Mud slinging (Part 1)

Listening is a fastrack to learning. Time spent with arthritis sufferers in Moree thermal pools informed me of the benefits of medicinal marijuana after hearing how an elderly couple inadvertently spent too long in a pungent smoke filled café at Nimbin. Indeed, the largest number of reviewers at cast an overwhelmingly endorsing vote for the weed. The side-effects preclude living a normal life, however reality has always been overrated and opt-out for many. Winfried Häuser led an investigation into evidence-based interdisciplinary guidelines across Germany, Israel and Canada but cautiously advised undertaking research by clinical trial of cannabinoids before addressing licensing. Mineral springs or balneotherapy were recommended though, an idea which was extended by researchers at the University of Pisa who compared the short-lived relief of a thermal treatment with the enduring benefit of a mudbath, in the journal of Clinical and Experimental Rheumatology.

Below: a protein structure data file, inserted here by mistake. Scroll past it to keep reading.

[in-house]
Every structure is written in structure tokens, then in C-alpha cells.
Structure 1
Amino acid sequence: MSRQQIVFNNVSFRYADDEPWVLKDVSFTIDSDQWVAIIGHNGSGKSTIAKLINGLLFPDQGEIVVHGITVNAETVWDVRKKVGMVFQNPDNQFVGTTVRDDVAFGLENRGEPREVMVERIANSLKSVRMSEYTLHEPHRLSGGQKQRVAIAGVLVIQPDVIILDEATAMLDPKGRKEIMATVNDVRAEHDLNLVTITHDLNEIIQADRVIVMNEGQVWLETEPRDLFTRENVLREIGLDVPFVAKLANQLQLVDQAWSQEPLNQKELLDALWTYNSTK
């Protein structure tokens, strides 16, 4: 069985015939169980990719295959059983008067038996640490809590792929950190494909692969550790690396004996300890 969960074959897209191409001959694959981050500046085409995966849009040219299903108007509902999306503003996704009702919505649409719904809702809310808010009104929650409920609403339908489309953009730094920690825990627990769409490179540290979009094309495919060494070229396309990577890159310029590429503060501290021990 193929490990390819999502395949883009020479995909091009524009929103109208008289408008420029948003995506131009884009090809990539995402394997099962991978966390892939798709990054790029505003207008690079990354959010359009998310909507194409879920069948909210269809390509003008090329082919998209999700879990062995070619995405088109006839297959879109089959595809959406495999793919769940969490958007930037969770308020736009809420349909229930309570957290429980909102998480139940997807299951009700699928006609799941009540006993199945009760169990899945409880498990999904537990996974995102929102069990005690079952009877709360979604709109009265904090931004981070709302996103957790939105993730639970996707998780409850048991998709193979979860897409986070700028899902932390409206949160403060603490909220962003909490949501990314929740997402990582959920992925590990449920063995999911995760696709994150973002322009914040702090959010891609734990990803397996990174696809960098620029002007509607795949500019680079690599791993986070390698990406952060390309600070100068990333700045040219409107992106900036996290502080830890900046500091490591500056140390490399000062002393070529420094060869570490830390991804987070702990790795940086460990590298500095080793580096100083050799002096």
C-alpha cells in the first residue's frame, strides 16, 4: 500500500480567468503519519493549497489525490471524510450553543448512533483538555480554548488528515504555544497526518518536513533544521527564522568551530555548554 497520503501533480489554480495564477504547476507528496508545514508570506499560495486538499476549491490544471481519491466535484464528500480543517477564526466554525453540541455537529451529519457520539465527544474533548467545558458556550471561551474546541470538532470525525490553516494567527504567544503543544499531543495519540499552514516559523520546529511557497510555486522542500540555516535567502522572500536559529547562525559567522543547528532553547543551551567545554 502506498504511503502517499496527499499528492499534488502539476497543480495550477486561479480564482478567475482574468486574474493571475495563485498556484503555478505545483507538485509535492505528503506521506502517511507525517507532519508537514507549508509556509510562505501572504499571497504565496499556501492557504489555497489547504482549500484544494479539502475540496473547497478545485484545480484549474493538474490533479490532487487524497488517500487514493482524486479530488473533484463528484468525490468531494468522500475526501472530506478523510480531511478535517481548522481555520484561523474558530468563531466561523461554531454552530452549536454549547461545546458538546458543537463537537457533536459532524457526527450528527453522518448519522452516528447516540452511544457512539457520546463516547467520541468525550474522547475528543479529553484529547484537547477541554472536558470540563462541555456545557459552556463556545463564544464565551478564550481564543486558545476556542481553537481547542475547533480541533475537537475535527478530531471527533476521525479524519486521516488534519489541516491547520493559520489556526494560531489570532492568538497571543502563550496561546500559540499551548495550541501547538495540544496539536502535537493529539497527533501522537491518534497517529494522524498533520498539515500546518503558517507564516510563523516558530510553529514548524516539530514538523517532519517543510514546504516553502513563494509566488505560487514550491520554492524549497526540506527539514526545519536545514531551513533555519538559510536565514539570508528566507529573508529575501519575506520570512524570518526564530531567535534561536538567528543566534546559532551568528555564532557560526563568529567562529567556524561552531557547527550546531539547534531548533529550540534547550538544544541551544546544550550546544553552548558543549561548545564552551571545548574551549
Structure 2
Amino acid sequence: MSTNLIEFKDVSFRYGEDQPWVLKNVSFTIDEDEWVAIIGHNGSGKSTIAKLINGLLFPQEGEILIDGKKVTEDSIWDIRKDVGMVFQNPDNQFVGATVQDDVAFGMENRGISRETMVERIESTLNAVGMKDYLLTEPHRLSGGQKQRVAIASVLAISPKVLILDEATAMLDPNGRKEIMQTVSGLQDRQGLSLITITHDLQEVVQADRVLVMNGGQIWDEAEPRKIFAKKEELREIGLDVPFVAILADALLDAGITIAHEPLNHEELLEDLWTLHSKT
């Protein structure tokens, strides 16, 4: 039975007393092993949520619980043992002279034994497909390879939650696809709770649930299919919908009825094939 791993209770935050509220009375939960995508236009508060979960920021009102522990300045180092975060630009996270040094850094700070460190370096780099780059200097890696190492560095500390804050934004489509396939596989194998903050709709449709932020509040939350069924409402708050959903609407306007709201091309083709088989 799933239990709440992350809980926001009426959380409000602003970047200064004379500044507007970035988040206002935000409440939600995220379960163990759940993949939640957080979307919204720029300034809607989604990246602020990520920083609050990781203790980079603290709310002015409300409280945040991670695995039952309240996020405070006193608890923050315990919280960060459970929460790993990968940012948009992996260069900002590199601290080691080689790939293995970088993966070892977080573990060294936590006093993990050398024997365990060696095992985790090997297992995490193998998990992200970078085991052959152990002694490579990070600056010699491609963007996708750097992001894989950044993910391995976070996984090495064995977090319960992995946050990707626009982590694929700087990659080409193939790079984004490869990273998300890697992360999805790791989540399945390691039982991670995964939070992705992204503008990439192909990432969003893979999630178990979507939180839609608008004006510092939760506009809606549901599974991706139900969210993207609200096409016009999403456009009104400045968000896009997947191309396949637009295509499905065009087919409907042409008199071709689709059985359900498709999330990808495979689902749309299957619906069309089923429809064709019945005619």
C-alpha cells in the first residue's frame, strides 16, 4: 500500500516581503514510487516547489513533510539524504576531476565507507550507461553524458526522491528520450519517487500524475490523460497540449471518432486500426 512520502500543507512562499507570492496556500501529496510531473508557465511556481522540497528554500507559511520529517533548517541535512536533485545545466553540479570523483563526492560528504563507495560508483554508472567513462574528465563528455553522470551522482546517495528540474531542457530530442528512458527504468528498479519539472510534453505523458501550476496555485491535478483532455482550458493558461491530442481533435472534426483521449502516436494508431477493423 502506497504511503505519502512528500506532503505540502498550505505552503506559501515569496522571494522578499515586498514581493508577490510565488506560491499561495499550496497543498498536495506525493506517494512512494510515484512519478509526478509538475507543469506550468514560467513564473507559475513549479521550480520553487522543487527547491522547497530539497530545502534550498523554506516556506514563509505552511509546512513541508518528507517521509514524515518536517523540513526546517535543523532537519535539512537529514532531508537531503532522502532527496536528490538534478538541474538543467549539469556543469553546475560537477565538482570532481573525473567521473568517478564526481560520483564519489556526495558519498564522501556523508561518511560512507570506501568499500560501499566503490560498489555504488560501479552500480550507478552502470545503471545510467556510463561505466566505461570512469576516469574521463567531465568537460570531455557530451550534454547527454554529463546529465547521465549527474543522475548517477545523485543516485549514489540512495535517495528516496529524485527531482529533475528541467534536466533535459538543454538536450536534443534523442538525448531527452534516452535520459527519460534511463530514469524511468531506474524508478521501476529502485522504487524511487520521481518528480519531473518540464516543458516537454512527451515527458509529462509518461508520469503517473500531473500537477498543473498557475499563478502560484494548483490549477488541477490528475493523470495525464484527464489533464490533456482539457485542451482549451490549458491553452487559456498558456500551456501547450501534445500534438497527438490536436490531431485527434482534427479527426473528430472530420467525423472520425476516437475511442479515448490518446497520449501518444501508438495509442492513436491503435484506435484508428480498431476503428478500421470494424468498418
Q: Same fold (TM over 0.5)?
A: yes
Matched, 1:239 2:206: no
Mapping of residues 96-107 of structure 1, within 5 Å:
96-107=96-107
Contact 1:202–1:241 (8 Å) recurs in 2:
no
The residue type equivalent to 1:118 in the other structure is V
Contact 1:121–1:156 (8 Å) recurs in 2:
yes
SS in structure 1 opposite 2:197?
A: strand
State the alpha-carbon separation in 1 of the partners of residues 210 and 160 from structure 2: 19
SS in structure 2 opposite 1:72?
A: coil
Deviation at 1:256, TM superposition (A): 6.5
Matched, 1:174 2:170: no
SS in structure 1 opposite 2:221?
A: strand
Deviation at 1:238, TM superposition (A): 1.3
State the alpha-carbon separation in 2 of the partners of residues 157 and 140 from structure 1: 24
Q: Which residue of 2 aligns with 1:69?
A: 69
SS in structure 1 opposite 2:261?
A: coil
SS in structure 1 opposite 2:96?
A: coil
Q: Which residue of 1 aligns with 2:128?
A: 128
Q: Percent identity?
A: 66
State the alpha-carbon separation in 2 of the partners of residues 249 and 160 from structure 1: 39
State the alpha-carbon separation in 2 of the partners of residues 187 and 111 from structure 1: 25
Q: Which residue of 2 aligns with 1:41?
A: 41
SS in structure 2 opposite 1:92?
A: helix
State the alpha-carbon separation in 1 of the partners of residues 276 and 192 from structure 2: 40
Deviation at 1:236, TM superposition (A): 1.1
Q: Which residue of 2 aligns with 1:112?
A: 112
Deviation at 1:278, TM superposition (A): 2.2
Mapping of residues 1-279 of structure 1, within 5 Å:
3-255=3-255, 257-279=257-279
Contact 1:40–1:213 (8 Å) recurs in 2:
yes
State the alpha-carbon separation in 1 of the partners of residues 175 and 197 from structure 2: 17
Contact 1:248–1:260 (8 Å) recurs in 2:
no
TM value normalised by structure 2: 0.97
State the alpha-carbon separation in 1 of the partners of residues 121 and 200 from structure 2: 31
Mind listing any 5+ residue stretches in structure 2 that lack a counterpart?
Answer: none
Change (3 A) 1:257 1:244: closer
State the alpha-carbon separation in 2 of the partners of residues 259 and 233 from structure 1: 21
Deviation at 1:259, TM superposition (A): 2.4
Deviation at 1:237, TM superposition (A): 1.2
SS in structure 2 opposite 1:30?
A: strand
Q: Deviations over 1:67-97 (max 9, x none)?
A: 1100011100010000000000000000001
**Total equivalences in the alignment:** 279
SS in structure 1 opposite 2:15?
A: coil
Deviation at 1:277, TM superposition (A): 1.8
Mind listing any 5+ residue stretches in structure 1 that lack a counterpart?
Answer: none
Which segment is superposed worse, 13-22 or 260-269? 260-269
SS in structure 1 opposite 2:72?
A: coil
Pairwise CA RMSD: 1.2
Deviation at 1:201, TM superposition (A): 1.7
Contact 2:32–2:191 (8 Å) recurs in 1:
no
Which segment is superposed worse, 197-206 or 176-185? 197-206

IMG_1745Bazzichi and Lucacchini et al didn’t rely on subjective opinion of symptoms, rather going so far as to apply salivary protein analysis to differentiate an improved therapy. Justification enough for a trip to the murky sulphurous pools of Ngawha in New Zealand – their ‘Doctor’ being pictured. Not only have this team listened to their patients’ stories, but they’re cognizant of expert skepticism and the demands of evidence base. To no avail unfortunately, since founder of the Arthritis Research Centre Prof Fred Wolfe in his blog derides the study as about as useful as a Chianti/Riesling comparison… “Really! Does anyone really think that mud baths are a truly useful therapy for FM? What also caught my eye was all of the ‘sophisticated’ and expensive tests that were done and what it all costs.” A cost benefit analysis requires a crystal ball for evaluating future returns from the pioneering work in proteomic salivary analysis. Thus far it’s proven useful in distinguishing Sjogren’s syndrome from other sicca syndromes such as presented by fibromites.  Relief from this discomfort of dry mouth compounded by the nuisance of a runny nose (non-allergic rhinitis) is one of the attractions of guaifenesin as a treatment, besides its neurological effects. Again lampooned on fmperplex as “Quackery”, but another unfortunate discard of babe with the dirty bathing water. Arif Donmez and team from Istanbul Dept of Medical Ecology concede that their clinical trial of a balneotherapy course, showing a diminishing improvement during 9 months of followup may have been influenced by residual benefit of a break from the daily grind. Pain was objectively measured by inflicting it with a dolorimeter however, which would have erased pleasant memories! Ouch!!

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